By Ngor Arol Garang
July 27 2011 (JUBA)- Simon Kun Puoc, governor of South Sudan’s Upper Nile State on Wednesday challenged youths to help government efforts in combating poverty and cultivating a culture of peace and reconciliation.
Kun made comments in an interview with Sudan Tribune at Juba International Airport upon his return to Malakal, capital of Upper Nile State.
“The youths of greater Upper Nile region must change their attitude otherwise other parts of the country will develop except us,” he said, stressing the need for the youths to pull their weight together to work.
The leading member of the Sudan People’s Liberation Movement (SPLM) decried as “sad the fact that even edible fruits in South Sudan[’s] forests such as banana[s] and guava[s] are being imported and sold to people by foreigners.
“Our youths did wonderful thing during liberation struggle. Majority of our youths joined the Sudan People’s Liberation Movement at the time of its inception and contributed until the peace was signed. It was their contribution which brought the peace”, said Governor Kun arguing that youths should now turn the spirit of liberation struggle to development.
The governor urged youths to work hard for their parents, underscoring that this will pay great dividends. He told farmers not to be discouraged by impressions being given that there will be little rain, dismissing it as unfounded. South Sudan’s rainy season begins in April and ends in November.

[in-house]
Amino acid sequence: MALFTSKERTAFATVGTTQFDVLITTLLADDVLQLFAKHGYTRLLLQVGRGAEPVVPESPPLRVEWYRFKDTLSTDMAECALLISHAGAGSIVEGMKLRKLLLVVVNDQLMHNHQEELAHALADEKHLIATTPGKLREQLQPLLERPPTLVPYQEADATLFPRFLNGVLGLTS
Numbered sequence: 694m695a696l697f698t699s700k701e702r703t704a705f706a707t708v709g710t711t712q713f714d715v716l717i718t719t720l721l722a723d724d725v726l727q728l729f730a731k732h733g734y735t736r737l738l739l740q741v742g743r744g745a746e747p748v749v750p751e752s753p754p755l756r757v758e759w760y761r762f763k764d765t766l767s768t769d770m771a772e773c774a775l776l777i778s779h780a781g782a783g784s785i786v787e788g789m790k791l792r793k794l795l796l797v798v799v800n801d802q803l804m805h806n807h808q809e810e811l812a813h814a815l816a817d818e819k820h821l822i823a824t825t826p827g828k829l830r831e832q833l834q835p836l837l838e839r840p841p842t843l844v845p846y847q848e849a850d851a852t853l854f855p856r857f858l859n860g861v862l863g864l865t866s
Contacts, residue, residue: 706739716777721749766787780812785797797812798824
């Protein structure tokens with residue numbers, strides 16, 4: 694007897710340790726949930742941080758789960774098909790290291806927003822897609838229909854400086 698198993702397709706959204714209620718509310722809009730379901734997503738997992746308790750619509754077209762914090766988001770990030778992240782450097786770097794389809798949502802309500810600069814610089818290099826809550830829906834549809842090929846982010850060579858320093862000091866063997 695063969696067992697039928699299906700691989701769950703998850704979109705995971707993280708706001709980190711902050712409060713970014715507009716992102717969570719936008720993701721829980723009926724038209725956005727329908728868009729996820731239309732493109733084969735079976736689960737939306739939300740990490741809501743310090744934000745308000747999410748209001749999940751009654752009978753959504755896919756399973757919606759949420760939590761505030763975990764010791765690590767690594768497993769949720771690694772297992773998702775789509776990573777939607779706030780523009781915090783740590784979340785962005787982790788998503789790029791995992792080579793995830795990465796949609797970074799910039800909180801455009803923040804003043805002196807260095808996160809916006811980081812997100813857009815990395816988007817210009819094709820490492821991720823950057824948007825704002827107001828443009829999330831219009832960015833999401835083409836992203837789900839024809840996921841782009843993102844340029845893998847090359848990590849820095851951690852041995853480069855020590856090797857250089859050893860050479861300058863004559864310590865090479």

He commended women for playing a very pivotal role in reducing household poverty, saying that they are active all year round in agriculture, with proceeds from their efforts used to pay their children’s’ school fees.
Governor Puoc noted that despite all their hard work, "women are also the ones in the kitchen; they do the laundry, and even sometimes feed the entire family". He urged the men to emulate them and concluded by reiterating his message to the youths of the region, imploring upon them to rely on themselves for their livelihood rather than begging and other similar things.
The SPLM official is one of the first high ranking officials to join South Sudan’s president Salva Kiir Mayardit in calling on young people to take the lead in addressing hunger. While challenging the youths to embark on food production, he maintained that agricultural production is what will salvage the citizens in terms of food and ensure that poverty is eradicated in the country.
The SPLM official also used the interview as an opportunity to discourage tribalism and the cultivation of mistrust between sisterly tribes in the state. Governor Puoc said he wants to stamp out the tribalism from the area.
He recalled that not long ago the government of Upper Nile State seized a lot of weapons held by those he described not permitted to hold arms in the town, and urged community leaders to join efforts at fighting "the menace". He warned against people bent on inciting unrest, especially at this time when the country needs concerted efforts for development.
The state’s top official finally urged the locals in the area to be vigilant. He heaped praises of achievements on the administration of Salva Kiir, saying he brought numerous infrastructural developments to remote areas.